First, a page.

If you are considering moving, it may be a good idea to consider if you should be spending the money for altering the power setup. If you will only be there for a short time you will never get your money out of it and the changes will not add to the resale value. You might be better to turn off some hardware for a few months till you move.

Well I'd like to do any electrical work, It would just be really hard to do for Me, As just getting up is a task in Itself(I weigh about 379lbs, joint problems, long story), As to moving, so far the market for mobilehomes is flat in the Barstow/Yermo area as there have been no sales in at least a year, I did nominate Yermo for that Google Fiber that has been on the news about a month back(I even got a reply too), But so far nothing on the sale, I just sit here and get a little more done each month. A 20A power strip is just an idea on one of My amazon wishlists currently with no time table for purchase(a 15A one meets My current needs for My PC that I'm using now).
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Message 983266 - Posted: 24 Mar 2010, 22:34:16 UTC - in response to Message 983257.  



We upgraded from 60A because the kindest way to describe the old service was "potentially lethal."


There is nothing lethal about mine. Try and draw too much it goes off - simple as that! Nothing gets hot, smells funny, whatever. It just doesn't let you draw more than 60A. It's only really a problem in the coldest of weather, but even less so now that I have a heat pump - so using a lot less current to heat the house & hot water.

It is possible if you have tripped the breaker a number of times you could have a bad or weak breaker. Our house is not that old but we had a breaker that was abused and we needed to replace it.


I'm sure it is working just fine. It only goes when the load is excessive. It hasn't tripped in weeks - i.e. since the weather got milder!
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Message 983271 - Posted: 24 Mar 2010, 22:37:02 UTC - in response to Message 983257.  
Last modified: 24 Mar 2010, 22:40:50 UTC



We upgraded from 60A because the kindest way to describe the old service was "potentially lethal."


There is nothing lethal about mine. Try and draw too much it goes off - simple as that! Nothing gets hot, smells funny, whatever. It just doesn't let you draw more than 60A. It's only really a problem in the coldest of weather, but even less so now that I have a heat pump - so using a lot less current to heat the house & hot water.

It is possible if you have tripped the breaker a number of times you could have a bad or weak breaker. Our house is not that old but we had a breaker that was abused and we needed to replace it.

I just replaced a breaker last week in a mobile home that the lights would dim every once in awhile and they had had another electrical company check it out. He was told it was a loose wire on the pole and the guy argued with the Power Company electrician for an hour and was really hot when he called me for his third opinion. It ended up being 1 side of a double throw single pole breaker. Part of the breaker worked and part worked most of the time. I could tell by just a bit of blackening caused by heat where it connected to the bus. He didn't believe me so I whacked the breaker and it started doing just what he described and was sure no one believed. Changed out the ITE breaker and all is fine and he is happy. His wife ended up being a good friend of my girlfriend so now they know who to call.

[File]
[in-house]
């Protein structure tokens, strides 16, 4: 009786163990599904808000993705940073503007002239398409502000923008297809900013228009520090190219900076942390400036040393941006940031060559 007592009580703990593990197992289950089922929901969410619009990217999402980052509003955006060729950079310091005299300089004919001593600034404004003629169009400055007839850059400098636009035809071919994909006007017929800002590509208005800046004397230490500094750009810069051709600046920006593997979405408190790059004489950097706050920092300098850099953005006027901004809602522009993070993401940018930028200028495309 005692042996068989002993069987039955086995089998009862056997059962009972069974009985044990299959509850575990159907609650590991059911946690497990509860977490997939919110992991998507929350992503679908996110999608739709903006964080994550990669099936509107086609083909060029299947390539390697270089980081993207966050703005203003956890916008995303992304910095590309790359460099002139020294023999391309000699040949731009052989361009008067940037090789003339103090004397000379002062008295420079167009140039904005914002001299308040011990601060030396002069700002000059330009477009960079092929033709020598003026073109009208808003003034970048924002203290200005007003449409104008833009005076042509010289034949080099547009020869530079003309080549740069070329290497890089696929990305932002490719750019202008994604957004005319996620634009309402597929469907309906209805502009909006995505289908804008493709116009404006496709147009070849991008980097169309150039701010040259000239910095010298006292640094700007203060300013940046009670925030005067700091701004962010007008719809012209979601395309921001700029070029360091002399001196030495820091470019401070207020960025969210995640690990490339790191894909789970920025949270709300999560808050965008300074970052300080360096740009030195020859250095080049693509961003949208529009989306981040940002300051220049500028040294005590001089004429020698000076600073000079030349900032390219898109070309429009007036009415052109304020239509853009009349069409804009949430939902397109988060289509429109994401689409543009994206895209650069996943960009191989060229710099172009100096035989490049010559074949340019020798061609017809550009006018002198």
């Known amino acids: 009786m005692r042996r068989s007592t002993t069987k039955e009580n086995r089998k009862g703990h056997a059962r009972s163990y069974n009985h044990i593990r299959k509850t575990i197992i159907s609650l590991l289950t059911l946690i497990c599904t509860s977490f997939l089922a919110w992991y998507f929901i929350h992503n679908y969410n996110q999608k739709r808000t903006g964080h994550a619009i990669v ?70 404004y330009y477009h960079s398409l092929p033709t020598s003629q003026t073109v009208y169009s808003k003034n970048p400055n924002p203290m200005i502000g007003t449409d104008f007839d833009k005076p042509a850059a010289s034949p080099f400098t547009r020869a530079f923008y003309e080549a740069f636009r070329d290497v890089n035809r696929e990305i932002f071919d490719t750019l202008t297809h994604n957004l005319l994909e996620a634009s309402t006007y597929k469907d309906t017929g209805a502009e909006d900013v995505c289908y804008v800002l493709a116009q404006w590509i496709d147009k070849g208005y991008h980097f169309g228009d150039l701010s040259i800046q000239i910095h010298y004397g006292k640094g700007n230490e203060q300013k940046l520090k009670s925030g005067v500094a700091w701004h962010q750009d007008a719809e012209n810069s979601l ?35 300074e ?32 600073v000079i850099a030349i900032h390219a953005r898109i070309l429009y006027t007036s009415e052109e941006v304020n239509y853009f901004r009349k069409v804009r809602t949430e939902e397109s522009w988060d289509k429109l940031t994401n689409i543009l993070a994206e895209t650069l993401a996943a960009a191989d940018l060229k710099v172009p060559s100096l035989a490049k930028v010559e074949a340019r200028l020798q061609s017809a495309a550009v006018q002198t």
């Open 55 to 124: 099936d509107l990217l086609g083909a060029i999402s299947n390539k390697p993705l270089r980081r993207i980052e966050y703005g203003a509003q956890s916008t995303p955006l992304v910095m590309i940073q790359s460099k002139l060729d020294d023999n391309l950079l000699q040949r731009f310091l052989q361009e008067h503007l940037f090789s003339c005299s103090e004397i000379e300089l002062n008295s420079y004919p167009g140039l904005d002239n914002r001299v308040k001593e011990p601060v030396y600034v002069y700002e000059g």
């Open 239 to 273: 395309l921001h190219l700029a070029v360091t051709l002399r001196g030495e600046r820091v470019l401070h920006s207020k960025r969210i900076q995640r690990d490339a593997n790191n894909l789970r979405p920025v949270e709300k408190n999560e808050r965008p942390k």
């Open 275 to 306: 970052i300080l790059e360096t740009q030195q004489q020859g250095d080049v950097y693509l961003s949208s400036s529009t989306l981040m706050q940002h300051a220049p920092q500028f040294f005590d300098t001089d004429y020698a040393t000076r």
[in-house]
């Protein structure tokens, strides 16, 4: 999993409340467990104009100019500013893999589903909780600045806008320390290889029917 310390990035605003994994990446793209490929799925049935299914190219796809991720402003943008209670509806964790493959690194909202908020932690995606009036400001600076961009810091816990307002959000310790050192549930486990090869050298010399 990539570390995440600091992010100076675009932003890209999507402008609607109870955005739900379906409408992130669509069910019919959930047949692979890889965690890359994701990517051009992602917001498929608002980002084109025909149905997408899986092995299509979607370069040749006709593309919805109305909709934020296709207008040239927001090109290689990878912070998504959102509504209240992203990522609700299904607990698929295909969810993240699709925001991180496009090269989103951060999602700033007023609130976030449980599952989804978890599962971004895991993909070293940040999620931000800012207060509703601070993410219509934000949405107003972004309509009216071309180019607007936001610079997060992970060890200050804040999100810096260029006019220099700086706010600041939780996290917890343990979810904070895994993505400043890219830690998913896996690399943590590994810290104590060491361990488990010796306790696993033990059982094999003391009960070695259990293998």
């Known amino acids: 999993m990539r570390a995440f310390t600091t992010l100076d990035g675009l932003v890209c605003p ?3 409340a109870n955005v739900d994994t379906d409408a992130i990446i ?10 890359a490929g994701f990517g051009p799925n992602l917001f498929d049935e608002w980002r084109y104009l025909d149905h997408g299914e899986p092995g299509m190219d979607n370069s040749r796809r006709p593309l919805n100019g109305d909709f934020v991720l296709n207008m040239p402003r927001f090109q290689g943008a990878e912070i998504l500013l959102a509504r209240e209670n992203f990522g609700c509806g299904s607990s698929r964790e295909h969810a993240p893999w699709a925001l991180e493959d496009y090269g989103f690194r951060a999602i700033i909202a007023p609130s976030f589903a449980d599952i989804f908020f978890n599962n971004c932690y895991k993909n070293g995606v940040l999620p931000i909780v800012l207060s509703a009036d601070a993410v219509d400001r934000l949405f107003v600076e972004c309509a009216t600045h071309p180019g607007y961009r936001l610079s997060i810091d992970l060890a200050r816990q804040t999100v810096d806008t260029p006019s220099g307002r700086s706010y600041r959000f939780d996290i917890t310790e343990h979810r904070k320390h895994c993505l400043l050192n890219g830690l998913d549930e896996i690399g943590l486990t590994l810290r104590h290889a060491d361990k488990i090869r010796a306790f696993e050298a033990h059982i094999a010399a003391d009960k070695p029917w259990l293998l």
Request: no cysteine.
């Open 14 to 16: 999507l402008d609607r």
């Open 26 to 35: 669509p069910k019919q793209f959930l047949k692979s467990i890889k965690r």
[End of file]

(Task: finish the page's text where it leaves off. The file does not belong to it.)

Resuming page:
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Message 983273 - Posted: 24 Mar 2010, 22:40:41 UTC - in response to Message 983252.  



We upgraded from 60A because the kindest way to describe the old service was "potentially lethal."


There is nothing lethal about mine. Try and draw too much it goes off - simple as that! Nothing gets hot, smells funny, whatever. It just doesn't let you draw more than 60A. It's only really a problem in the coldest of weather, but even less so now that I have a heat pump - so using a lot less current to heat the house & hot water.

Yours was likely newer. The wiring between the disconnect and the meter (which was not enclosed or "sealed" against tampering) had fabric insulation, not rubber or plastic, and there were sections where it had simply flaked off.

I always made it a point to stand on a non-conductor if I was going to even look at it.
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Message 983316 - Posted: 24 Mar 2010, 23:54:19 UTC

My niece asked me to replace the light fixture in her mobile home. She said it would come on but it flickered. Just as I thought, the ground had broken off the socket so I replaced the old fixture for her. When I finished she then mentioned she had an outlet in the kitchen that sparked when she turned on the light plugged into it. I tried it and had no problem with it at all. Plugged and unplugged the light three or four times, turned it on and off with the little rotary switch in the cord a few times, nothing. then she mentioned the garbage disposal did the same thing so I tried it. Worked fine. The only thing I could figure was they were on the same circuit as the bathroom and the bad ground was the cause of it all.


Wonder how much it would have cost to have an Electrician do that? Probably would have charged her for all three problems separately.


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Message 983319 - Posted: 25 Mar 2010, 0:01:50 UTC - in response to Message 983316.  

My niece asked me to replace the light fixture in her mobile home. She said it would come on but it flickered. Just as I thought, the ground had broken off the socket so I replaced the old fixture for her. When I finished she then mentioned she had an outlet in the kitchen that sparked when she turned on the light plugged into it. I tried it and had no problem with it at all. Plugged and unplugged the light three or four times, turned it on and off with the little rotary switch in the cord a few times, nothing. then she mentioned the garbage disposal did the same thing so I tried it. Worked fine. The only thing I could figure was they were on the same circuit as the bathroom and the bad ground was the cause of it all.